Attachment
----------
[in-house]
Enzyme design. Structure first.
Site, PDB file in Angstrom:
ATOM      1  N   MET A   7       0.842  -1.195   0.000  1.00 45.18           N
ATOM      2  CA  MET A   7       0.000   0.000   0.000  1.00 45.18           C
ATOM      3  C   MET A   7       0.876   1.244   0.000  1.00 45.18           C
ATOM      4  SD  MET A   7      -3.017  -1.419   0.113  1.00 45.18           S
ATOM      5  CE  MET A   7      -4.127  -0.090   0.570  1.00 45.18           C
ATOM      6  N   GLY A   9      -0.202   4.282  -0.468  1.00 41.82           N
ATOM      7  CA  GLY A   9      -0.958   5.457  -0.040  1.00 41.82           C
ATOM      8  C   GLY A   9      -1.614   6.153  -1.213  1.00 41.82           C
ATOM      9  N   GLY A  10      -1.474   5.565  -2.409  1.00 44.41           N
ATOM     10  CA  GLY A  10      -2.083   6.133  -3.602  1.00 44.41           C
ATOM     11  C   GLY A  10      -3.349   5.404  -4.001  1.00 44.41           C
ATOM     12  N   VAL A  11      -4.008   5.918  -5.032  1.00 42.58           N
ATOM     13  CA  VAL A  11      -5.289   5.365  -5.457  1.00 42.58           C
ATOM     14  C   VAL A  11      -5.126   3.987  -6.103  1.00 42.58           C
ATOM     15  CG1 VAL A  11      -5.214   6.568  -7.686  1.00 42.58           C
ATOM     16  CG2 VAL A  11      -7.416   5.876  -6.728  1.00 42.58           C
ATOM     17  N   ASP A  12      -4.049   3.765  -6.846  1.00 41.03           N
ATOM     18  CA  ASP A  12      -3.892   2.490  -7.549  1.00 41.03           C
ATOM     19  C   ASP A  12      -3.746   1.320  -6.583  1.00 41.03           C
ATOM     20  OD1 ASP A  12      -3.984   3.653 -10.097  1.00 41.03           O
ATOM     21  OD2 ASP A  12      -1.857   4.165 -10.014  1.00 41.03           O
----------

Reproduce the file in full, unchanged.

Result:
[in-house]
Enzyme design. Structure first.
Site, PDB file in Angstrom:
ATOM      1  N   MET A   7       0.842  -1.195   0.000  1.00 45.18           N
ATOM      2  CA  MET A   7       0.000   0.000   0.000  1.00 45.18           C
ATOM      3  C   MET A   7       0.876   1.244   0.000  1.00 45.18           C
ATOM      4  SD  MET A   7      -3.017  -1.419   0.113  1.00 45.18           S
ATOM      5  CE  MET A   7      -4.127  -0.090   0.570  1.00 45.18           C
ATOM      6  N   GLY A   9      -0.202   4.282  -0.468  1.00 41.82           N
ATOM      7  CA  GLY A   9      -0.958   5.457  -0.040  1.00 41.82           C
ATOM      8  C   GLY A   9      -1.614   6.153  -1.213  1.00 41.82           C
ATOM      9  N   GLY A  10      -1.474   5.565  -2.409  1.00 44.41           N
ATOM     10  CA  GLY A  10      -2.083   6.133  -3.602  1.00 44.41           C
ATOM     11  C   GLY A  10      -3.349   5.404  -4.001  1.00 44.41           C
ATOM     12  N   VAL A  11      -4.008   5.918  -5.032  1.00 42.58           N
ATOM     13  CA  VAL A  11      -5.289   5.365  -5.457  1.00 42.58           C
ATOM     14  C   VAL A  11      -5.126   3.987  -6.103  1.00 42.58           C
ATOM     15  CG1 VAL A  11      -5.214   6.568  -7.686  1.00 42.58           C
ATOM     16  CG2 VAL A  11      -7.416   5.876  -6.728  1.00 42.58           C
ATOM     17  N   ASP A  12      -4.049   3.765  -6.846  1.00 41.03           N
ATOM     18  CA  ASP A  12      -3.892   2.490  -7.549  1.00 41.03           C
ATOM     19  C   ASP A  12      -3.746   1.320  -6.583  1.00 41.03           C
ATOM     20  OD1 ASP A  12      -3.984   3.653 -10.097  1.00 41.03           O
ATOM     21  OD2 ASP A  12      -1.857   4.165 -10.014  1.00 41.03           O